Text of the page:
Toronto Star Weekly/November 6, 1920
Canada never had a Wild West. Largely, perhaps, because as soon as anyone came over from across the border and started to Wild West around, the North-West Mounted Police very quietly and firmly put him away where he wouldn’t harm any one.
Now the States had a Wild West. It was as good as the movies portray. It had faro, dice, wide-open towns, bad Injuns, red eye, gamblers in frock coats, Bill Hart bad men, discriminate and indiscriminate killings, and all the jolly features.
In place of the Redskins biting the dust it is now the commercial traveler that bites the dust.
Where the elk once roamed, the Elk now roams, but with him are the Mason and Odd Fellow. Thus, to coin a phrase, the old order passeth, giving way to the new.
But the Wild West hasn’t disappeared. It has only moved. Just at present it is located at the southwestern end of Lake Michigan, and the range that the bad men ride is that enormous smoky jungle of buildings they call Chicago.
Every year some Congressman or Senator rises in the U.S. Congress and reports that during the past year thirty-two or twenty-seven American citizens have been killed in Mexico. All the Congressmen shudder as one Congressman. Mexico is obviously a bad place. “Something must be done about it. It can’t go on any longer. Steps must be taken.”
Yet in the city of Chicago during the present year from January to November there have been one hundred and fifty killings. One hundred and fifty murders in ten months means a murder every forty-eight hours.
Of course that record may not look so good against the score of some of the early Nevada mining towns where they boasted to kill a man for breakfast every morning. Some of the Nevada breakfasts, though, must have been furnished by sheriffs and marshals ushering out bad men.
In the Chicago figures, however, no count has been made of the killings by police. By including the police bag, it would be pretty safe to say they kill somebody every day in Chicago.
Chicago is supposed to be a dry town. But anybody willing to pay twenty dollars a quart for whiskey can get all they want. In the first days of the dry law enforcement much of this contraband whiskey was Canadian. The dealers feared to move the enormous stores of whiskey there are in the South.
Now most of the whiskey you buy has a Kentucky label. Canadian whiskey costs too much and there is too much American liquor on hand.
Gambling is flourishing again after a temporary retirement. Of course in every city there will always be certain types of gambling that can go on in spite of all the police can do. Those are the games that require no apparatus, but can be conducted anywhere. When the police raid a crap game, for instance, all that the gamblers must do is have the doors hold long enough for them to sweep the money into the buckskin bag that lies flat open on the billiard table, throw the dice out of the window, and the evidence is missing.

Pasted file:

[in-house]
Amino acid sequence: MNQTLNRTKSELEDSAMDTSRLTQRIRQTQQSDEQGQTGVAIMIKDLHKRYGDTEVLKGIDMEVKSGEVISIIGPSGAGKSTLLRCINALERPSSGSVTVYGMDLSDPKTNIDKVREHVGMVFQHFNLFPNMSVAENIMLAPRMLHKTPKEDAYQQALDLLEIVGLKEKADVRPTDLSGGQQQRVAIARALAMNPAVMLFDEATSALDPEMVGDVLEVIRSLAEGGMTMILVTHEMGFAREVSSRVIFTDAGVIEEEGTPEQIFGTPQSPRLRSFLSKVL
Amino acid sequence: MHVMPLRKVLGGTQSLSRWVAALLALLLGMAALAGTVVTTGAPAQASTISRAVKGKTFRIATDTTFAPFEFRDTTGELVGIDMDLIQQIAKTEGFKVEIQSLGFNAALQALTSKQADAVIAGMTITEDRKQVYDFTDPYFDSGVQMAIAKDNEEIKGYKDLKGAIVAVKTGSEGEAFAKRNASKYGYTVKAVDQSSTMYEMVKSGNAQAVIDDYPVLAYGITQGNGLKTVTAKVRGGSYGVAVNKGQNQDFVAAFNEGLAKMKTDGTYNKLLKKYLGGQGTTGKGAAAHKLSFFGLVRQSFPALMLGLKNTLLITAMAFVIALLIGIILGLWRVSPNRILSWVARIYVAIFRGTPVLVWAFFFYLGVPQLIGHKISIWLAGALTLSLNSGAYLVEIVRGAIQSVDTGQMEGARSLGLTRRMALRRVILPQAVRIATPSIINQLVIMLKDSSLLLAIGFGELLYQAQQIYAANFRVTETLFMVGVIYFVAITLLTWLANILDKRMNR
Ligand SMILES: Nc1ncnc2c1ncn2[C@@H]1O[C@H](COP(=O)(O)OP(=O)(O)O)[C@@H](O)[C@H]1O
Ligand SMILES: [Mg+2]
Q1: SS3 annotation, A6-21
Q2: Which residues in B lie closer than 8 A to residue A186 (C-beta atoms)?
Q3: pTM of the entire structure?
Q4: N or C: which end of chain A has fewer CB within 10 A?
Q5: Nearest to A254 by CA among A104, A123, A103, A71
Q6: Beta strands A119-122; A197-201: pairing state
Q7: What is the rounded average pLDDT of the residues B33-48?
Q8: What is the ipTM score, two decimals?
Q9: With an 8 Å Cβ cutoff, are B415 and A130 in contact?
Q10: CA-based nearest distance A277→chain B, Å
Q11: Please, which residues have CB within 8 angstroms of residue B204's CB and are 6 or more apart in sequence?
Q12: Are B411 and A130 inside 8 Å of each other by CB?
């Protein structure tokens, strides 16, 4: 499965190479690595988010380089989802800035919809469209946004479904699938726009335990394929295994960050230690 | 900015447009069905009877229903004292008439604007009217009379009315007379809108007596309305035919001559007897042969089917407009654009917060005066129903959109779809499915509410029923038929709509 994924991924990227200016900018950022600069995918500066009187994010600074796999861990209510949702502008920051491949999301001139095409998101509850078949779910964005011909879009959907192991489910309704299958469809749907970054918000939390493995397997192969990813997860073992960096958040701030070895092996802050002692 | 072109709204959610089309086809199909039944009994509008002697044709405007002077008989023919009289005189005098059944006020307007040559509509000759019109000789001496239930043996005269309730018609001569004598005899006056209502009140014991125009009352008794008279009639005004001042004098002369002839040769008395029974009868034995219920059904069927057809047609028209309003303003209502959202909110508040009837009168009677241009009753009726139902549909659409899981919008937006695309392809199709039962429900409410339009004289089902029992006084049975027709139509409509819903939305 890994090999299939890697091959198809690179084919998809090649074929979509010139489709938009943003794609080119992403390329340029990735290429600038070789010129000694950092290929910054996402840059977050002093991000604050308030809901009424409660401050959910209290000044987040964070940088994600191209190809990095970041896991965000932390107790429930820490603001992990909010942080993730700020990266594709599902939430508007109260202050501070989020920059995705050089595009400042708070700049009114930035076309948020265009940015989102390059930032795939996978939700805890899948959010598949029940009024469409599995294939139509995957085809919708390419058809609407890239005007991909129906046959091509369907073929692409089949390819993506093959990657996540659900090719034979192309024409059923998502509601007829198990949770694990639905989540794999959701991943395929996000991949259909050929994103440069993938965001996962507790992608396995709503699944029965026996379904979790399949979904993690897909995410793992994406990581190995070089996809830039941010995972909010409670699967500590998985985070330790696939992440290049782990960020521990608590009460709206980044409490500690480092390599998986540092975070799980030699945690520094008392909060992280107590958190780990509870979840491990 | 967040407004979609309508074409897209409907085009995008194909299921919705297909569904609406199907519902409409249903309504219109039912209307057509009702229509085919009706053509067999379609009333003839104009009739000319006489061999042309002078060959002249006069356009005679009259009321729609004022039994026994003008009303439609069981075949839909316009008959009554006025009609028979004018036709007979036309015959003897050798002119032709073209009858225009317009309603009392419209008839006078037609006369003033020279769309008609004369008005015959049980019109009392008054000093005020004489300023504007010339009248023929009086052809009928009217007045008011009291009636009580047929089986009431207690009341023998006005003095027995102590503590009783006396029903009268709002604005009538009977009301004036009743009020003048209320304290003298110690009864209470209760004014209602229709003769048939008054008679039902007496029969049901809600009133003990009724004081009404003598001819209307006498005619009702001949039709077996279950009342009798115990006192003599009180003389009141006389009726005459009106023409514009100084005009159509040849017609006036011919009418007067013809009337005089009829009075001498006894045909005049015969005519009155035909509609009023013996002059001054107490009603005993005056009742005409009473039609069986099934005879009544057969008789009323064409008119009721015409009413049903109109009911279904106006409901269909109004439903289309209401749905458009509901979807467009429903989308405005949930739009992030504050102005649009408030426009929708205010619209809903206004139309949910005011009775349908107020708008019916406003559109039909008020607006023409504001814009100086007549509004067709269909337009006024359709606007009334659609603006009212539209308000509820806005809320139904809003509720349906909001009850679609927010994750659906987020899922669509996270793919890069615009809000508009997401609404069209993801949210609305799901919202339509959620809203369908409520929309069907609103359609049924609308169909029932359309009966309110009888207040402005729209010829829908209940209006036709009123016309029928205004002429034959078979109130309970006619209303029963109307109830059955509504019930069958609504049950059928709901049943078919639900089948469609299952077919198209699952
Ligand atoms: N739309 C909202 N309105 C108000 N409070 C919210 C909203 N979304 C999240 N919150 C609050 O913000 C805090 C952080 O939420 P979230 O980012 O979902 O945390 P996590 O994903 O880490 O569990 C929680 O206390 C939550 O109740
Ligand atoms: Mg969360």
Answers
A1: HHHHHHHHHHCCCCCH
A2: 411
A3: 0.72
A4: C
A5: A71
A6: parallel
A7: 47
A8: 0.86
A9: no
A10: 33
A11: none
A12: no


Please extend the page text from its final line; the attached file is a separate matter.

Roulette wheels in operation mean only one thing, police protection. For you can’t hide a roulette wheel and you can’t throw it out of the window. It is expensive, bulky and heavy. Before a gambling joint decides to put a wheel into operation they must know that they will not be raided without a proper warning to give them time to stow away their equipment.
At present it is common talk that there is in Chicago on the West Side a gambling house where roulette is played for as big stakes as obtain in Monte Carlo. So there is murder, drink and gambling in the new Wild West just as in the old.
Now the reason that Chicago is crime-ridden and Toronto is not lies in the police forces of the two cities. Toronto has a force that for organization, effectiveness and esprit de corps is excelled nowhere in the world. Crooks steer clear of Toronto because they know the reputation of that force. It has established the same reputation for a city that the North-West Mounted Police did for a Dominion.
Chicago’s crime record is the best description of her police force. Even if you escape all the various brands of criminal homicide that Chicago offers, the nightgowny person with the scythe has another sickle up his wide-flowing sleeve. There have been to date four hundred and twenty people killed this year in Chicago by motor cars.
(Source: William White, ed. Ernest Hemingway: Dateline: Toronto. Simon and Schuster, 2002.)